Inventing the Future, Assessing the Past
Presiden't Leebron's Note — Fall, 2019
In 1963, Dennis Gabor, a Hungarian who had fled the Nazis and immigrated to Britain, published “Inventing the Future,” a book that contained his most famous quote: “The future cannot be predicted, but futures can be invented.” I don’t completely agree with the first part of the quote, unless we take it to mean simply that all predictions are erroneous. But that does not mean that all predictions are either irrelevant or equal.
We see all around us the invention of the future. Much of that is in the creation of new technologies and possibilities. At Rice, Professor Jacob Robinson and his team of scientists are working toward the possibility of humans communicating thoughts directly from one human brain to another or from a human to a computer. Across the university, scientists are working on transforming the production of energy to eliminate harmful effects of hydrocarbons, whether by using alternative sources or completely reinventing the methods of utilizing hydrocarbons so that no CO2 is produced. New materials are being discovered and designed that will revolutionize the way we build and deliver health care, and one day restore sight and physical abilities to those who today would have no hope. Professors Rich Baraniuk, Ruth Lopez Turley and others are pioneering improvement in education by using data to determine which tools and pedagogies are most effective.
The very best research universities are distinguished not only by their ability to advance technological frontiers, but also to think critically and broadly about the implications of technological advancement. We are learning more every day about the social consequences of new technologies of data collection and mining and artificial intelligence.
We cannot invent the future without understanding the past, and we cannot cast a critical gaze on society outside our campus without also undertaking a careful examination of our own history and our own imperfections in providing access and opportunity in ways that build a more just and effective society.
University Professor Moshe Vardi is leading a campus initiative on technology, culture and society to undertake a deeper examination of the implications of new technologies, particularly information technologies. Inventing the future is not solely a task, or challenge, for science and engineering. The problems we must address, from deeply rooted inequalities to climate change, require the very best solutions we can muster that take account of values, culture and history. We must learn from the past and take those lessons to heart as we seek to invent, not predict, a better future.
George Santayana famously wrote: “Those who cannot remember the past are condemned to repeat it.” Almost a half century later, William Faulkner manifested a somewhat different perspective when he wrote: “The past is never dead. It’s not even past.” Both reasons for studying history are compelling: to avoid repeating past mistakes and to truly understand our present.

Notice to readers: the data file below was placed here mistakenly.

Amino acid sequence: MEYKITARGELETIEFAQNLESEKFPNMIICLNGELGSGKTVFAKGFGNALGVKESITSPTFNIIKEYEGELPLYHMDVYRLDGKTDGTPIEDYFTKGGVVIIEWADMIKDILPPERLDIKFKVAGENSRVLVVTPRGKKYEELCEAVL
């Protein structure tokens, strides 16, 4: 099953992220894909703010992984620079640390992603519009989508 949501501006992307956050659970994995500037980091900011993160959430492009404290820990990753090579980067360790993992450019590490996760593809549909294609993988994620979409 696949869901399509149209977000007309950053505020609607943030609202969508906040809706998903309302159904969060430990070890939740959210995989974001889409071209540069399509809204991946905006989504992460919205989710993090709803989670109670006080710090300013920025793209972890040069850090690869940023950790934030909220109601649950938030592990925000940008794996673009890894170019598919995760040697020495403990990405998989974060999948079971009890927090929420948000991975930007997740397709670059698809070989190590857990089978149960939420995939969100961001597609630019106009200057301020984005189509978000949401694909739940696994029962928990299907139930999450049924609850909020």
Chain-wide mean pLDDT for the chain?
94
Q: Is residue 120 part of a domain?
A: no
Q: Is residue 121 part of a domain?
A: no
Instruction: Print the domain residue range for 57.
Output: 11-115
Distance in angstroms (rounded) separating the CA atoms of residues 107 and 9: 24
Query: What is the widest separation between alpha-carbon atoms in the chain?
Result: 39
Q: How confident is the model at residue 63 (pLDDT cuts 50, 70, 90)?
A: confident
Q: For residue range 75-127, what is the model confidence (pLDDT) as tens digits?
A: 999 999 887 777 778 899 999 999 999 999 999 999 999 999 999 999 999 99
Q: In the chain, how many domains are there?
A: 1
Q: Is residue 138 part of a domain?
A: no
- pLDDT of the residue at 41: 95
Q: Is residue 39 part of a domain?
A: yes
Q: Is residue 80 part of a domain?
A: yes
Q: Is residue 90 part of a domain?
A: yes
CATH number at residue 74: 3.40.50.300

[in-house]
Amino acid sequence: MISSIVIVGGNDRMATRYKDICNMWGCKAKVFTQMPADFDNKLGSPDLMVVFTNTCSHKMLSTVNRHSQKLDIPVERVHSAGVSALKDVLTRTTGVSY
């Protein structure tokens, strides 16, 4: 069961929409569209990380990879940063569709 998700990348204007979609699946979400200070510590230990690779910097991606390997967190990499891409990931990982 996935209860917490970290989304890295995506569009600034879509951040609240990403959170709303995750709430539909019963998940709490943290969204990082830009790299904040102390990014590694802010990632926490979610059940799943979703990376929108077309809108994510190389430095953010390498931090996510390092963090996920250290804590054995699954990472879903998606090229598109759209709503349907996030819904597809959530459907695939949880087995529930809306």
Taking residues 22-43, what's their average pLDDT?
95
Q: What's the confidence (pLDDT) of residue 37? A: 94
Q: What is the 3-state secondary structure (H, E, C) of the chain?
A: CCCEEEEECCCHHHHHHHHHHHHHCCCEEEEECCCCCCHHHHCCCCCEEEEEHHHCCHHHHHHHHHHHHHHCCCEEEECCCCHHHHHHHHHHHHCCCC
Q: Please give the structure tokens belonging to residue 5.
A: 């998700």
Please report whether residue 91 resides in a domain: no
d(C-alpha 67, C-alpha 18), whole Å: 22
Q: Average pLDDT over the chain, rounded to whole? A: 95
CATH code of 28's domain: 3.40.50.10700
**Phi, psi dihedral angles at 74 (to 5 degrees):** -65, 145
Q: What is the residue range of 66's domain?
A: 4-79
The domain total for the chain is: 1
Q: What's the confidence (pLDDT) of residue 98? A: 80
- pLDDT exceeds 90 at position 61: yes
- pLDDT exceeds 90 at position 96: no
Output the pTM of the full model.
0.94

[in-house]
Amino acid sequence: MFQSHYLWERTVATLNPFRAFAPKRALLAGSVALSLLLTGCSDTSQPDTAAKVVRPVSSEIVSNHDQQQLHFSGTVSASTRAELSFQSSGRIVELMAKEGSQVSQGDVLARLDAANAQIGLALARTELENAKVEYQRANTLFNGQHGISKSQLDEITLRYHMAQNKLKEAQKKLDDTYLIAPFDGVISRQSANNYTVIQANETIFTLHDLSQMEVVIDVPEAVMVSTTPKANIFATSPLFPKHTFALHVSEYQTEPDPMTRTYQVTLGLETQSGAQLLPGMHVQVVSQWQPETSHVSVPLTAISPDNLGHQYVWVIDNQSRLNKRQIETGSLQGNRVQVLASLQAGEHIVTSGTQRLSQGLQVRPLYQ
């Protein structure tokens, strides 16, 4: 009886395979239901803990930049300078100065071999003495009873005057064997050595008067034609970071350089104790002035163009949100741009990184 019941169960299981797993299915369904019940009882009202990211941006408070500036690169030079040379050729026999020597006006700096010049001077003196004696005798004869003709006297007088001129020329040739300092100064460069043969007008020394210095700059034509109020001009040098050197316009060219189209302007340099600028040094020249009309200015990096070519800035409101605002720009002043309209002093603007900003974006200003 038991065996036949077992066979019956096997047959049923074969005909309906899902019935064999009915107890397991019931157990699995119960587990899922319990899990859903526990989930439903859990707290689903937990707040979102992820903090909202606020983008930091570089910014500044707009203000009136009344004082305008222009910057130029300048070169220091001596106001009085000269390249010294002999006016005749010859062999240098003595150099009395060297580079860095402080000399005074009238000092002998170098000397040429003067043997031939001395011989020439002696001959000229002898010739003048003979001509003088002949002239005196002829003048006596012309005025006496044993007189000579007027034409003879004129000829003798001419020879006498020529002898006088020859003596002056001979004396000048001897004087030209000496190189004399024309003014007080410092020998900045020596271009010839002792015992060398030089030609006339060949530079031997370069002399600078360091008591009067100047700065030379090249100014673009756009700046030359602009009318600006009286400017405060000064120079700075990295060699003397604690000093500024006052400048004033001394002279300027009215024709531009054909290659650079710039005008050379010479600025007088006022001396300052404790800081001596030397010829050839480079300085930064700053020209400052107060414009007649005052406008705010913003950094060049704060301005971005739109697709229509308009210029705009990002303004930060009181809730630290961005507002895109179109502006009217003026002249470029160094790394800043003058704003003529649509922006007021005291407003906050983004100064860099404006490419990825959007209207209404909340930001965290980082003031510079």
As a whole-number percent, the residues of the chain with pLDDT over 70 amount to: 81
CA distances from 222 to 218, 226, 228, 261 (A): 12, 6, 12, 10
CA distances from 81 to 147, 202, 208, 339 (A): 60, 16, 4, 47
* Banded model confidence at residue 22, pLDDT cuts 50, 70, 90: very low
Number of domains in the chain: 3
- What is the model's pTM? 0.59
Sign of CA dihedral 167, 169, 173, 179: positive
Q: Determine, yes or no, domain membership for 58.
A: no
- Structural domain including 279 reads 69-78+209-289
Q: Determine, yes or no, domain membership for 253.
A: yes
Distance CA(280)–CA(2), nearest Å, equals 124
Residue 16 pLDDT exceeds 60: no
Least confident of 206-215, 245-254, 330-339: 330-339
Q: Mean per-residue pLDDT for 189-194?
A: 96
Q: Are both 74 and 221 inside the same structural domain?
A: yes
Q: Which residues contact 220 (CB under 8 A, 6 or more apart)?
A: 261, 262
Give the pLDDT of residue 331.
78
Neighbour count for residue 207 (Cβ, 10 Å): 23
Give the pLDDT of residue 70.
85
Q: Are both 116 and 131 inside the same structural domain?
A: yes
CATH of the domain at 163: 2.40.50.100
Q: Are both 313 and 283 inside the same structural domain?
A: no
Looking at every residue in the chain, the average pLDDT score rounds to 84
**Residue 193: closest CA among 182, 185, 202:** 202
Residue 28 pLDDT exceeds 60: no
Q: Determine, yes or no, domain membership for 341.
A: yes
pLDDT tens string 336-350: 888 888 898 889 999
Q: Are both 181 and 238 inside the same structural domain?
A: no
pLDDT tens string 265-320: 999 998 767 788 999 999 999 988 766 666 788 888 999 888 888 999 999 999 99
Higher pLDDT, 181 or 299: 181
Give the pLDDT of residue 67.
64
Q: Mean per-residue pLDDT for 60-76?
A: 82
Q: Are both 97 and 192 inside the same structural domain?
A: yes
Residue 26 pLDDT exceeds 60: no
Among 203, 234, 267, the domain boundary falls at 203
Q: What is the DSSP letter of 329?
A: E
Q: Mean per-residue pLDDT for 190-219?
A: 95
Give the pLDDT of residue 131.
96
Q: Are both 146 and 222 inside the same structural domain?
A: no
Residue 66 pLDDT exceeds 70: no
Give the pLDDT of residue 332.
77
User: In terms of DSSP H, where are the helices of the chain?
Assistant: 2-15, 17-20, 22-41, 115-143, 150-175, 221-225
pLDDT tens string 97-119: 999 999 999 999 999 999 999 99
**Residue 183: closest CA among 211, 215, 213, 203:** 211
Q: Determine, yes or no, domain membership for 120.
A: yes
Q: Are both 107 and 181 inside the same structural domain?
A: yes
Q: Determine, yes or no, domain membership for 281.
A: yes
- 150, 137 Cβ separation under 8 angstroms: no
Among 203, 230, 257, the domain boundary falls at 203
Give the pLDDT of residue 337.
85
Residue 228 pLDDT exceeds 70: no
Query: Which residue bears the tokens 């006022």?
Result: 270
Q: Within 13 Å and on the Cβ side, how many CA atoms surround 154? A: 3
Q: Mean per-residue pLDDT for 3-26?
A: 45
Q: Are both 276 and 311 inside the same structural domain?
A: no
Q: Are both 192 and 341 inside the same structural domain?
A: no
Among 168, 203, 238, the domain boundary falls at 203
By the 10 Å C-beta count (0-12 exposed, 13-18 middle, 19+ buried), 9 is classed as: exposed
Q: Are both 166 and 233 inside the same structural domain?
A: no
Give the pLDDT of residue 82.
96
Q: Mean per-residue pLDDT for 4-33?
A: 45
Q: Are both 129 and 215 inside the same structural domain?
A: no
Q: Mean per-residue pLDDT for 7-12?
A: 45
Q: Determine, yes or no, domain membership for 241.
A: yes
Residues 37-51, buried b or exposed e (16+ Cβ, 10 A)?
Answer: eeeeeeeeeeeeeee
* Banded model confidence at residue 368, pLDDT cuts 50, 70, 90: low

As universities, we are not simply outside observers of the past, present or future. We have been, are and will be participants — and often very influential participants. We have an obligation to study our own past and present and to assess the contributions we have made. In some cases, we will find that our institutions have been at the forefront of progress and justice, but that has not always been the case.
One of our most difficult and controversial issues today is how we continue to be challenged by the role of race and ethnicity in achieving a just society. As a university, we must think broadly about such an important question and look both inward and outward. We cannot invent the future without understanding the past, and we cannot cast a critical gaze on society outside our campus without also undertaking a careful examination of our own history and our own imperfections in providing access and opportunity in ways that build a more just and effective society.
These are some of the reasons underlying our recent decision to establish a task force on slavery, segregation and racial injustice. Such a task force can help us in two ways. First, understanding how the legacy of slavery, segregation and discrimination affects Rice today sheds light also on the broader issues confronting our society. Second, understanding the ongoing effects of that legacy can help us improve what we do at Rice, and bring us closer to being the dynamic engine of opportunity that we aspire to be for all segments of society.
The task force will be responsible for undertaking an examination of Rice’s history, fostering campus programming and dialogue and identifying suggestions for our future. This will of course not be the only effort to examine how we might more effectively make Rice an inclusive and welcoming environment for all our students. Efforts focusing explicitly and urgently on current issues, such as campus climate and opportunity for students who are first generation, low income and/or underrepresented minorities, will also be undertaken.
We cannot expect any of these undertakings to be easy or to be without controversy. But a university that does not turn its capabilities for examination and reflection on itself and its own past jeopardizes its broader role and credibility in creating a better future far beyond our campus. We look forward to working together toward that goal.